Sources

Books and journals
Pattison, P et al, Grimspound, Manaton Parish, West Devon District, Devon, (1991)
Pattison, P et al, Grimspound, Manaton Parish, West Devon District, Devon, (1991)
Pattison, P et al, Grimspound, Manaton Parish, West Devon District, Devon, (1991)
Pattison, P et al, Grimspound, Manaton Parish, West Devon District, Devon, (1991)
Pattison, P et al, Grimspound, Manaton Parish, West Devon District, Devon, (1991), 4
Pattison, P et al, Grimspound, Manaton Parish, West Devon District, Devon, (1991), 3-6
Pattison, P et al, Grimspound, Manaton Parish, West Devon District, Devon, (1991)
Pattison, P et al, Grimspound, Manaton Parish, West Devon District, Devon, (1991)
Pattison, P et al, Grimspound, Manaton Parish, West Devon District, Devon, (1991)
Pattison, P et al, Grimspound, Manaton Parish, West Devon District, Devon, (1991)
Pattison, P et al, Grimspound, Manaton Parish, West Devon District, Devon, (1991)
Pattison, P et al, Grimspound, Manaton Parish, West Devon District, Devon, (1991)
Pattison, P et al, Grimspound, Manaton Parish, West Devon District, Devon, (1991)
Pattison, P et al, Grimspound, Manaton Parish, West Devon District, Devon, (1991)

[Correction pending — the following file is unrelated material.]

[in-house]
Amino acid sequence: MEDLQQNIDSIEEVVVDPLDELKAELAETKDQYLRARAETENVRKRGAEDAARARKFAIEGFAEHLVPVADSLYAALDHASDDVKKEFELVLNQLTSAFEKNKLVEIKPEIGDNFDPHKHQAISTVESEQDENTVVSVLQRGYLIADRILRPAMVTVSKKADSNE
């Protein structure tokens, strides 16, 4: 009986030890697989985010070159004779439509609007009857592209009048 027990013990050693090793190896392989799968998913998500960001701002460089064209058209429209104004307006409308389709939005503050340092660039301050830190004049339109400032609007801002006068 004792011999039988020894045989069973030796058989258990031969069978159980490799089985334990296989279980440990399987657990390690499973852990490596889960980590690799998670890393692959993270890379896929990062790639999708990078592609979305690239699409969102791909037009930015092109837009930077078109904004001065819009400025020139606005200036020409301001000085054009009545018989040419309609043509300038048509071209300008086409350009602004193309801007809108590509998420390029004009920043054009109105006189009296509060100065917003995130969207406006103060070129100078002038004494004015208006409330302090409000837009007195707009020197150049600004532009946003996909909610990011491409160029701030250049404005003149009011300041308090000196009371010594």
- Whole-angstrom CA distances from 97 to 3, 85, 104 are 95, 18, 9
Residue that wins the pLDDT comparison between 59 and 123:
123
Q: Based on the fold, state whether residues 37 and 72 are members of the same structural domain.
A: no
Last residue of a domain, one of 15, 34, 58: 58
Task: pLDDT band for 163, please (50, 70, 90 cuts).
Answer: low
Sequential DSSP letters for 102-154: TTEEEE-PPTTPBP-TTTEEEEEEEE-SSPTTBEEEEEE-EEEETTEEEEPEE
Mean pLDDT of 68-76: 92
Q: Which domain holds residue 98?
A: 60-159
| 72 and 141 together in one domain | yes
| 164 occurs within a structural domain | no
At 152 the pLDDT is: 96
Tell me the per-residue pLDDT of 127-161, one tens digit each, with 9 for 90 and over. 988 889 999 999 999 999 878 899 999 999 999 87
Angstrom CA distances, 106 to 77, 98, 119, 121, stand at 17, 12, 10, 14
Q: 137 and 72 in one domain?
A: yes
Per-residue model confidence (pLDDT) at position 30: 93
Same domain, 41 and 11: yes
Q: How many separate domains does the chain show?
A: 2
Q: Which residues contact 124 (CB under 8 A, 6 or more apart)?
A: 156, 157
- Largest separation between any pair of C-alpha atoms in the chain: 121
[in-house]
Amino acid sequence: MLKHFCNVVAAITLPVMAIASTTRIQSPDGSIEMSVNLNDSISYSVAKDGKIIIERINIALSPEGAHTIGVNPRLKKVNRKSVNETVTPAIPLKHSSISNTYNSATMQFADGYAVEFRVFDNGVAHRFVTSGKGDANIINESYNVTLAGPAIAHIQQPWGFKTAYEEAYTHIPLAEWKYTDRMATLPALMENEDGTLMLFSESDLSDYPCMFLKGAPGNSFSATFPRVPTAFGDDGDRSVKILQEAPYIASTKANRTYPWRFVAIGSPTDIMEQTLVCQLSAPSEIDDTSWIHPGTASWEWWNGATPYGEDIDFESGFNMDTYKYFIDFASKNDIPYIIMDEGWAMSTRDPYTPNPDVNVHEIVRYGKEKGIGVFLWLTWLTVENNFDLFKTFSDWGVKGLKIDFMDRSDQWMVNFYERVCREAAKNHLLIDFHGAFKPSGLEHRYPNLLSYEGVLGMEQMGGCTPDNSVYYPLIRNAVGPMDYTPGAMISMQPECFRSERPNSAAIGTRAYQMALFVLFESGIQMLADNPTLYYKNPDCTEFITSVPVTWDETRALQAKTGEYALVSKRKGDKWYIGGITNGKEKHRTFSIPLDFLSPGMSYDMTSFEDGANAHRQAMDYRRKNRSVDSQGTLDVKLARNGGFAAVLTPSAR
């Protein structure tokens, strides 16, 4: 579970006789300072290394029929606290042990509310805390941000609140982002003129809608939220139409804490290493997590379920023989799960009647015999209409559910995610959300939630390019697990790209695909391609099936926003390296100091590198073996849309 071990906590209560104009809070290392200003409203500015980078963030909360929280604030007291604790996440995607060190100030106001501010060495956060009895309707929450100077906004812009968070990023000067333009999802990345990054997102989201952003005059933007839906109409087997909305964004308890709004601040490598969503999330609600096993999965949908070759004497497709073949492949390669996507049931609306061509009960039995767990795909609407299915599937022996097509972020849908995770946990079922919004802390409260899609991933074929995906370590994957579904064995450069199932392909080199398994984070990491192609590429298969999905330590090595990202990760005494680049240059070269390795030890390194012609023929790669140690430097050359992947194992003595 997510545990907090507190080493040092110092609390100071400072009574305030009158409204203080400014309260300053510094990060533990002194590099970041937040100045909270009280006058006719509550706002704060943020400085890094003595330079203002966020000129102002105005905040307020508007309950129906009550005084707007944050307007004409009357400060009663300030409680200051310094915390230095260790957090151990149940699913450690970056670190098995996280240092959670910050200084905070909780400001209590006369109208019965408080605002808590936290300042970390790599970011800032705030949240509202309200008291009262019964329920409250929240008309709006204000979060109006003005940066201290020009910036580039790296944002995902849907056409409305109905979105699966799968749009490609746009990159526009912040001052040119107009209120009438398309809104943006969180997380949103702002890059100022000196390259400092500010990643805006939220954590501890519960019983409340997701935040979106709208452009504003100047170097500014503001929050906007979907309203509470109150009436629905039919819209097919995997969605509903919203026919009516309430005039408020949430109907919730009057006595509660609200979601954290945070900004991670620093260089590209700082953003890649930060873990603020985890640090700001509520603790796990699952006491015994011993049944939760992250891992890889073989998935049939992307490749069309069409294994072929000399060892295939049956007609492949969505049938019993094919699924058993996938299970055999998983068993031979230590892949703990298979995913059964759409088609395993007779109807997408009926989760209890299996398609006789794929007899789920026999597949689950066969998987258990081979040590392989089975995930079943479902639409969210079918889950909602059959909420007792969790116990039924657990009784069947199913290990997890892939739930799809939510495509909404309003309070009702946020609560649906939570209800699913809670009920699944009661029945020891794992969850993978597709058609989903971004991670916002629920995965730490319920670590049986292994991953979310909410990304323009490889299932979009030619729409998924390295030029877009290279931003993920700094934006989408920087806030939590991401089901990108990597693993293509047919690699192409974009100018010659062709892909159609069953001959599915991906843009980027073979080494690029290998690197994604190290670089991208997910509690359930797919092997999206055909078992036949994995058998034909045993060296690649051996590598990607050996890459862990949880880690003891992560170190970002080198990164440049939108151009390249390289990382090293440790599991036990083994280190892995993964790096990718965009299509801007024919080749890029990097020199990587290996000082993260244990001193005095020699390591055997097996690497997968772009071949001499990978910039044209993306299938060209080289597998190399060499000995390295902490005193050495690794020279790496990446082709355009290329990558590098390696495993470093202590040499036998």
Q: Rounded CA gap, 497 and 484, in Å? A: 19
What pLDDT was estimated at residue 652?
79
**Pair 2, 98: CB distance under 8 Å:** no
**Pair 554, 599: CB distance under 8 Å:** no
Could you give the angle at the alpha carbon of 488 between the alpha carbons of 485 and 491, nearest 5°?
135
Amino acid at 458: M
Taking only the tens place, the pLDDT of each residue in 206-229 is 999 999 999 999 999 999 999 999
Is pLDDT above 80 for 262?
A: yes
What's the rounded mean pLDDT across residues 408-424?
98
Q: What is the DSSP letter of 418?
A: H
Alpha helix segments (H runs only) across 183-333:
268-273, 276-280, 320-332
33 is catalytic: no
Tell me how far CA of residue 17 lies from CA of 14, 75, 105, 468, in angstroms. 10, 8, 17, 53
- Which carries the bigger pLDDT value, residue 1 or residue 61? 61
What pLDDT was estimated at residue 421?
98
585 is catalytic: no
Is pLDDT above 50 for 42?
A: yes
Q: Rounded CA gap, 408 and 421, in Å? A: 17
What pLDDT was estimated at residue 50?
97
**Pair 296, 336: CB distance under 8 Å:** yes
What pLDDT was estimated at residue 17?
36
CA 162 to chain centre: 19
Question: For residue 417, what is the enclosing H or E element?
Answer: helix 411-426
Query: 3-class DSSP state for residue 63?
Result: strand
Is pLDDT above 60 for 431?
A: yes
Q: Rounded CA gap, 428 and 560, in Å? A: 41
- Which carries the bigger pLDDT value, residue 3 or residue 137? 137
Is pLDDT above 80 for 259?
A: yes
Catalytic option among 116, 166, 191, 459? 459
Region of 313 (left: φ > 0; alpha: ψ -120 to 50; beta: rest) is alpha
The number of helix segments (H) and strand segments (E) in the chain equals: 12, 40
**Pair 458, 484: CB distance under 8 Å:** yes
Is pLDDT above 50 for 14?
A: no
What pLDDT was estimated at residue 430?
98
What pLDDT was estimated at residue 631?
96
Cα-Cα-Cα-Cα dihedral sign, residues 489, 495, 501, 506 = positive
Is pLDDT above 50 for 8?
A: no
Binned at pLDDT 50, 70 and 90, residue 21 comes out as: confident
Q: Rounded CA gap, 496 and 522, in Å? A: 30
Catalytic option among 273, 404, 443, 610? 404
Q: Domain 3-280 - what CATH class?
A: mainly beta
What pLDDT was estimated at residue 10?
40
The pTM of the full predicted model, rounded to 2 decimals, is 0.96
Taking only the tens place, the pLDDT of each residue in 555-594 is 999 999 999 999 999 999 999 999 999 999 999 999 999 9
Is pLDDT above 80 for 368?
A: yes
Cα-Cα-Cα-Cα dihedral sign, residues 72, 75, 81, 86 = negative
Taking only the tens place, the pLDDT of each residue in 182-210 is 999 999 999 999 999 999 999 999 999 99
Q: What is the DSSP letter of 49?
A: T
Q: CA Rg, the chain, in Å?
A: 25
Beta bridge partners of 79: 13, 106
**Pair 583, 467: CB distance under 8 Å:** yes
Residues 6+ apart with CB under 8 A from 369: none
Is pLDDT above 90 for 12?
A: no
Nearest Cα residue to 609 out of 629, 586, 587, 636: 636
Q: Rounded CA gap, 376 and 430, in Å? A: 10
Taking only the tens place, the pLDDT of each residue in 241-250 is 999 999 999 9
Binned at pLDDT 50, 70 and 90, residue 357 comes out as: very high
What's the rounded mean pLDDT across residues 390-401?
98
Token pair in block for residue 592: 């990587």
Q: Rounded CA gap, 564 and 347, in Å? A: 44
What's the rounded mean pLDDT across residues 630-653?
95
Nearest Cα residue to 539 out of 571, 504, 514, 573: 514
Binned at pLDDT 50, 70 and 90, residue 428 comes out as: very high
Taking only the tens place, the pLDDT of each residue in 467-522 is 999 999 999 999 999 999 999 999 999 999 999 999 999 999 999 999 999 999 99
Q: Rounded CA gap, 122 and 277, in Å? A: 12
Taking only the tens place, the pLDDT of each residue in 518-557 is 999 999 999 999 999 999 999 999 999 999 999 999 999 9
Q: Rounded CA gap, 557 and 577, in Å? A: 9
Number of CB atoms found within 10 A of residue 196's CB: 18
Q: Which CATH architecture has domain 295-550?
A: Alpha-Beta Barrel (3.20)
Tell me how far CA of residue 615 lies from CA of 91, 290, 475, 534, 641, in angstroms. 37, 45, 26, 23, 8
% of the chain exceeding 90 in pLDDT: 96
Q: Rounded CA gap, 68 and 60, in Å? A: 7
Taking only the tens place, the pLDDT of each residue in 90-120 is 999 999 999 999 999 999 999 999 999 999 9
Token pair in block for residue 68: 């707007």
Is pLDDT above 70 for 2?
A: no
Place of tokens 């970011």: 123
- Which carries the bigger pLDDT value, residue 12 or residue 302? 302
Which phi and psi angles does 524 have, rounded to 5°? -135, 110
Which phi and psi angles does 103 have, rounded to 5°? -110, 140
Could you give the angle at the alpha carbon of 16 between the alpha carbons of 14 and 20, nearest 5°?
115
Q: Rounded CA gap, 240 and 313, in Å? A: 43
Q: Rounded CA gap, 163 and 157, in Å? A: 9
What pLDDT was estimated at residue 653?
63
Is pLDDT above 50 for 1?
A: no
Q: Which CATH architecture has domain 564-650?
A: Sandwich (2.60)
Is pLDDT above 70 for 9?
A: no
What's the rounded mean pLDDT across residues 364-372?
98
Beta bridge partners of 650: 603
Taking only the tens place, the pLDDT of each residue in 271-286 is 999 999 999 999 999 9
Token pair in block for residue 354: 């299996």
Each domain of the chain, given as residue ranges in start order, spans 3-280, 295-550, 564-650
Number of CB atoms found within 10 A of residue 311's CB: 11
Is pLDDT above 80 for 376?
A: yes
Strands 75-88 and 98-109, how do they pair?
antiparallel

Pattison, P et al, Grimspound, Manaton Parish, West Devon District, Devon, (1991)
Pattison, P et al, Grimspound, Manaton Parish, West Devon District, Devon, (1991)
Pattison, P et al, Grimspound, Manaton Parish, West Devon District, Devon, (1991)
Pattison, P et al, Grimspound, Manaton Parish, West Devon District, Devon, (1991)
Pattison, P et al, Grimspound, Manaton Parish, West Devon District, Devon, (1991)
Pattison, P et al, Grimspound, Manaton Parish, West Devon District, Devon, (1991)
Pattison, P et al, Grimspound, Manaton Parish, West Devon District, Devon, (1991)
Pattison, P et al, Grimspound, Manaton Parish, West Devon District, Devon, (1991)
Pattison, P et al, Grimspound, Manaton Parish, West Devon District, Devon, (1991)
Baring Gould, S et al, 'Devonshire Association Transactions' in The Exploration Of Grimspound, , Vol. 26, (1894), 109,111
Baring Gould, S et al, 'Devonshire Association Transactions' in The Exploration Of Grimspound, , Vol. 26, (1894), 110-111
Baring Gould, S et al, 'Devonshire Association Transactions' in The Exploration Of Grimspound, , Vol. 26, (1894), 109
Baring Gould, S et al, 'Devonshire Association Transactions' in The Exploration Of Grimspound, , Vol. 26, (1894), 110
Baring Gould, S et al, 'Devonshire Association Transactions' in The Exploration Of Grimspound, , Vol. 26, (1894), 111-114
Baring Gould, S et al, 'Devonshire Association Transactions' in The Exploration Of Grimspound, , Vol. 26, (1894), 108